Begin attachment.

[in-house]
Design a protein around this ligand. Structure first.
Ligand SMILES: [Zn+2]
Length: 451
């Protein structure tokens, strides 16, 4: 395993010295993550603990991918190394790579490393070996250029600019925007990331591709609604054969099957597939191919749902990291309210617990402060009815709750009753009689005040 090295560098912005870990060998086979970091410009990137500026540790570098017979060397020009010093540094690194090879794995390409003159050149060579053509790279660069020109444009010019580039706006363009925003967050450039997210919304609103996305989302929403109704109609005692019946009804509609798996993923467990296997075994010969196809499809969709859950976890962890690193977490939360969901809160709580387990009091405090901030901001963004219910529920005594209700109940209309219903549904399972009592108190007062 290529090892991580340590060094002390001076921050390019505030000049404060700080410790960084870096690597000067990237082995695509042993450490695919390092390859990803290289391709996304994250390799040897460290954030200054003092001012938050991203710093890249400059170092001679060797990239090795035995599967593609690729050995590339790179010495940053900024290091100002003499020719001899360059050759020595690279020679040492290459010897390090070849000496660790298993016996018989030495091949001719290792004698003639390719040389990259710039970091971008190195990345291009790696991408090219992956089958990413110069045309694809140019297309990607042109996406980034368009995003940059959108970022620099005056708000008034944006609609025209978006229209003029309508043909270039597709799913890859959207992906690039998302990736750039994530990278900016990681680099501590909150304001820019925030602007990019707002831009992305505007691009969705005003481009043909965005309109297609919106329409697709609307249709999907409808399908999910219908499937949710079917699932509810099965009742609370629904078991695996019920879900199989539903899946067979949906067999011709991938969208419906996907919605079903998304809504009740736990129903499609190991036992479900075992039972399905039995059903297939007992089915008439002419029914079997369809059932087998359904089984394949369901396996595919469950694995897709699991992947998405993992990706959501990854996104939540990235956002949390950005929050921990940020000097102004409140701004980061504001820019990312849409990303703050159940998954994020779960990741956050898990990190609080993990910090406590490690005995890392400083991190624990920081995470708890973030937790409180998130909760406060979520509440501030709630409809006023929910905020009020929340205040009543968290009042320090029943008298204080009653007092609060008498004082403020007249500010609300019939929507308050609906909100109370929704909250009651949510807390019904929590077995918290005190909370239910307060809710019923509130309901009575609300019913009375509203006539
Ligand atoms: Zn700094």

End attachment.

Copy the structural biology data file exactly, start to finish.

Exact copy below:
[in-house]
Design a protein around this ligand. Structure first.
Ligand SMILES: [Zn+2]
Length: 451
């Protein structure tokens, strides 16, 4: 395993010295993550603990991918190394790579490393070996250029600019925007990331591709609604054969099957597939191919749902990291309210617990402060009815709750009753009689005040 090295560098912005870990060998086979970091410009990137500026540790570098017979060397020009010093540094690194090879794995390409003159050149060579053509790279660069020109444009010019580039706006363009925003967050450039997210919304609103996305989302929403109704109609005692019946009804509609798996993923467990296997075994010969196809499809969709859950976890962890690193977490939360969901809160709580387990009091405090901030901001963004219910529920005594209700109940209309219903549904399972009592108190007062 290529090892991580340590060094002390001076921050390019505030000049404060700080410790960084870096690597000067990237082995695509042993450490695919390092390859990803290289391709996304994250390799040897460290954030200054003092001012938050991203710093890249400059170092001679060797990239090795035995599967593609690729050995590339790179010495940053900024290091100002003499020719001899360059050759020595690279020679040492290459010897390090070849000496660790298993016996018989030495091949001719290792004698003639390719040389990259710039970091971008190195990345291009790696991408090219992956089958990413110069045309694809140019297309990607042109996406980034368009995003940059959108970022620099005056708000008034944006609609025209978006229209003029309508043909270039597709799913890859959207992906690039998302990736750039994530990278900016990681680099501590909150304001820019925030602007990019707002831009992305505007691009969705005003481009043909965005309109297609919106329409697709609307249709999907409808399908999910219908499937949710079917699932509810099965009742609370629904078991695996019920879900199989539903899946067979949906067999011709991938969208419906996907919605079903998304809504009740736990129903499609190991036992479900075992039972399905039995059903297939007992089915008439002419029914079997369809059932087998359904089984394949369901396996595919469950694995897709699991992947998405993992990706959501990854996104939540990235956002949390950005929050921990940020000097102004409140701004980061504001820019990312849409990303703050159940998954994020779960990741956050898990990190609080993990910090406590490690005995890392400083991190624990920081995470708890973030937790409180998130909760406060979520509440501030709630409809006023929910905020009020929340205040009543968290009042320090029943008298204080009653007092609060008498004082403020007249500010609300019939929507308050609906909100109370929704909250009651949510807390019904929590077995918290005190909370239910307060809710019923509130309901009575609300019913009375509203006539
Ligand atoms: Zn700094």